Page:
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by the flames of a burning church ; of the heaped-up calamities of the last days of the doomed king, of the violent and shameful dying of the chief actors in the drama of blood. All such legends may be, in part, but traditions, inventions of a day which sought to track God's judgements upon the very earth where His justice might seem to have hung in suspense ; for truly, ‘Dieu par sa piete souffre faire moult

de felonies. They may be but the mere hearsay of history, yet they have none the less their own significance; and De Molay, we may well believe, did not die unavenged by that spiritual vengeance which has overtaken his wrongers in the execrations of mankind. And once again, as from many another chapter of life, we may learn that, if the vengeance of the strong is to strike, the vengeance of the weaksilent as Calvary's—is to suffer.

ART. IV.-1. Annual Reports of the Congested Districts

Board, 1. to VIII. Dublin : 1892–1899. 2. Annual Reports of the Irish Agricultural Organisation

Society, I. to V. Dublin : 1895-1899. 3. Annual Reports of the Irish Industries Association. Dublin. 4. The Agriculture and Technical Instruction (Ireland) Act,

1899. THE AE truce of parties so happily proclaimed on the occasion

of the recent visit of the Queen to Ireland, and so admirably observed by her Irish subjects during her Majesty's sojourn in Dublin, forbids any endeavour to draw from the remarkable reception accorded to the Sovereign in Ler Irish capital anything in the nature of a political moral. It is certainly not in these pages that any departure is likely to be made from the respectful reticence which, alike in recognition of the regal impartiality of the throne and in deference to the susceptibilities of the Irish people, has refused to invade the semi-private character of the royal visit, or to attribute to the calculating motives of a subtle statecraft an undertaking to which it is manifest that the Queen was prompted solely by frank, generous, and womanly impulses. Far from desiring to infringe the understanding which all political sections in Ireland have loyally respected by deducing from the warmth of the greeting accorded to her Majesty conclusions which the representatives of the majority of the Irish people have been careful to condemn by anticipation as unwarrantable, we should be much more solicitous, were discussion of the matter becoming, to deprecate the tendency (natural and inevitable on the part of those who know nothing of Ireland at first hand, but withal erroneous) to accept the recent evidences of Irish good feeling towards the throne and its illustrious occupant, as necessarily indicative of an enduring change in the attitude of the Irish people in relation to the connexion with Great Britain. Such a mistake is indeed one into which few who are really familiar with Ireland are likely to fall; and it is highly undesirable that an assumption which is certain to be falsified by experience, and which can therefore lead only to disillusion and disappointment, should be suffered to take hold of the public imagination.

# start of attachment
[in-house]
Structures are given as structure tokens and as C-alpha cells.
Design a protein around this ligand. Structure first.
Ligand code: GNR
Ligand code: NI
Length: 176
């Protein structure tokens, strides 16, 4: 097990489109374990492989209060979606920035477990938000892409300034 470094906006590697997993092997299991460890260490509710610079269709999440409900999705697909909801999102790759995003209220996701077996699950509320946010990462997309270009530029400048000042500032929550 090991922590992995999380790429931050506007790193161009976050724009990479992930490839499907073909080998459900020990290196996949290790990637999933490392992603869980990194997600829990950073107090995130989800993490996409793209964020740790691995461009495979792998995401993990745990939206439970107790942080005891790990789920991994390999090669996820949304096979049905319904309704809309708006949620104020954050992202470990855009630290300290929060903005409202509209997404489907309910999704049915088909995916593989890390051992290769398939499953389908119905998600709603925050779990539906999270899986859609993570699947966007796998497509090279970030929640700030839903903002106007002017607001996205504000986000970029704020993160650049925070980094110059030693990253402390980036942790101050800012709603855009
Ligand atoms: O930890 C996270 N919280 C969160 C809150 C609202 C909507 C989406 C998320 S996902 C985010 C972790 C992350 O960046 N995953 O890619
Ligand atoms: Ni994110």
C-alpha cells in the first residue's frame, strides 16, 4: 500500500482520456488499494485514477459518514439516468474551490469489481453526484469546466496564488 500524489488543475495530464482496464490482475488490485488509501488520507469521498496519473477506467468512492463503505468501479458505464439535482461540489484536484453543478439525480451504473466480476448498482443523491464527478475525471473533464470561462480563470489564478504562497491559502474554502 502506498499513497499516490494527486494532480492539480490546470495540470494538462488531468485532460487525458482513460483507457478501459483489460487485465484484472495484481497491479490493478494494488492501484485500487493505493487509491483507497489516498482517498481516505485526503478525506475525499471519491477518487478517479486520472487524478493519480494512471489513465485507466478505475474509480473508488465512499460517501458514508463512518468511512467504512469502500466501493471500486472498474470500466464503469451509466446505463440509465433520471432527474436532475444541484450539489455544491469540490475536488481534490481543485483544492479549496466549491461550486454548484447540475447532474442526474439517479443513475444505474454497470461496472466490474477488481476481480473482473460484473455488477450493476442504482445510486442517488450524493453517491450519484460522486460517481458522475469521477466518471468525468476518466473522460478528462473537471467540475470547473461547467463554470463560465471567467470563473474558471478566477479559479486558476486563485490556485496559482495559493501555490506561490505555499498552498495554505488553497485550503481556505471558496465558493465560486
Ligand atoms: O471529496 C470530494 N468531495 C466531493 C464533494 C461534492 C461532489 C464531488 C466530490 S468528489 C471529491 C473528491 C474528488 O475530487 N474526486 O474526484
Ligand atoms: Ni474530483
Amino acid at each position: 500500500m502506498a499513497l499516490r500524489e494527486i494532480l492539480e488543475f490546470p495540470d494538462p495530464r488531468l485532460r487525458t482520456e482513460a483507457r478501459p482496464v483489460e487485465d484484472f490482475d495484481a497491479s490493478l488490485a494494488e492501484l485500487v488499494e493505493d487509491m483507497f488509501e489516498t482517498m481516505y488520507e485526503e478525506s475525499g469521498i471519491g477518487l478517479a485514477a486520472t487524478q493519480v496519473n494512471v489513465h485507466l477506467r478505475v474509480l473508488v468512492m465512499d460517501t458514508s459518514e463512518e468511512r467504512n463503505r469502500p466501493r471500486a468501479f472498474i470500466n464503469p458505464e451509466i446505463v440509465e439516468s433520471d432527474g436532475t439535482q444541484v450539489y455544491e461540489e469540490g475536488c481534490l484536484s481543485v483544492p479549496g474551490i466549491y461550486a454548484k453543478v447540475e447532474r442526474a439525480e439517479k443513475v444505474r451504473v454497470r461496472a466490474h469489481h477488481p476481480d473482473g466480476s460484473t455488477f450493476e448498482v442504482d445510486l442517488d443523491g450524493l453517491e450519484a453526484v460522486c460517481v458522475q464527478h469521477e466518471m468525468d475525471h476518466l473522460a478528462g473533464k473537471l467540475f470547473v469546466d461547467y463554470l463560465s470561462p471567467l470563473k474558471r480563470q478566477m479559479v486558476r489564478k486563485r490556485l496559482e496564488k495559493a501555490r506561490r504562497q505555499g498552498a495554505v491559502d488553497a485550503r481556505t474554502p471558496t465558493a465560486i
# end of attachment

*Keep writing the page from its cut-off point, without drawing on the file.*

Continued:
For the popularity of royalty as such among Irishmen is no new discovery. If the hearty greeting of an English

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sovereign could be accepted as the token of satisfied acquiescence in English rule, there had been no need to wait till the closing year of the nineteenth century for a solution of the Irish difficulty so happy and so simple. It is close upon three centuries since an astute observer, Sir John Davis, noted that the people of this land, both English • and Irish, did ever love to be governed by great persons,' and insisted on the continual absence of the kings of England from their realm of Ireland as a main cause why Ireland down to his time had never been entirely brought

under the obedience of the Crown of England.' And perhaps there is no surer antidote to excessive exaggeration of the possible political results of the reception accorded to Queen Victoria in Dublin than remembrance of the fact that the outburst of personal loyalty which her Majesty's presence evoked, cordial and remarkable beyond expectation as it has undoubtedly been, cannot be said to have exceeded the enthusiasm of the welcome which, according to the wellauthenticated records of the time, was given to King George IV.

If the cautious observer refuses to accept the gratifying cordiality of the proceedings in Dublin last April as affording a valid proof of any fundamental change in Irish political sentiment, he will equally decline to be betrayed into premature optimism by the enthusiasm which the valour of the Irish regiments in South Africa has evoked in every part of the three kingdoms. The gallantry of her sons in the battlefield is no new laurel in the wreath of Erin's merit; nor have the stricken fields of the Transvaal campaign been the first in which Celt and Saxon have together found a soldier's grave in the cause of England. It needed not the clarion cry that stormed Talana Hill, nor the harder heroism that endured alike the helpless slaughter of Colenso and the long agony of Ladysmith, to supply the answer that Waterloo and the Peninsula furnished long ago to Sheil's impassioned question, 'Did the alien blench?' The fighting qualities of the Irish soldier, and the devotion of which he is capable, have never had any serious relation to the causes in which they have been exerted; and no inferences as to his political sentiments can safely be drawn from his military conduct. It is unfortunately true, but it is a truth which no prudent estimate of the facts of the case will be tempted to ignore, that, when all due allowance has been made for Hibernian extravagance of phrase, the political sentiments of the average Irish elector, in regard to a war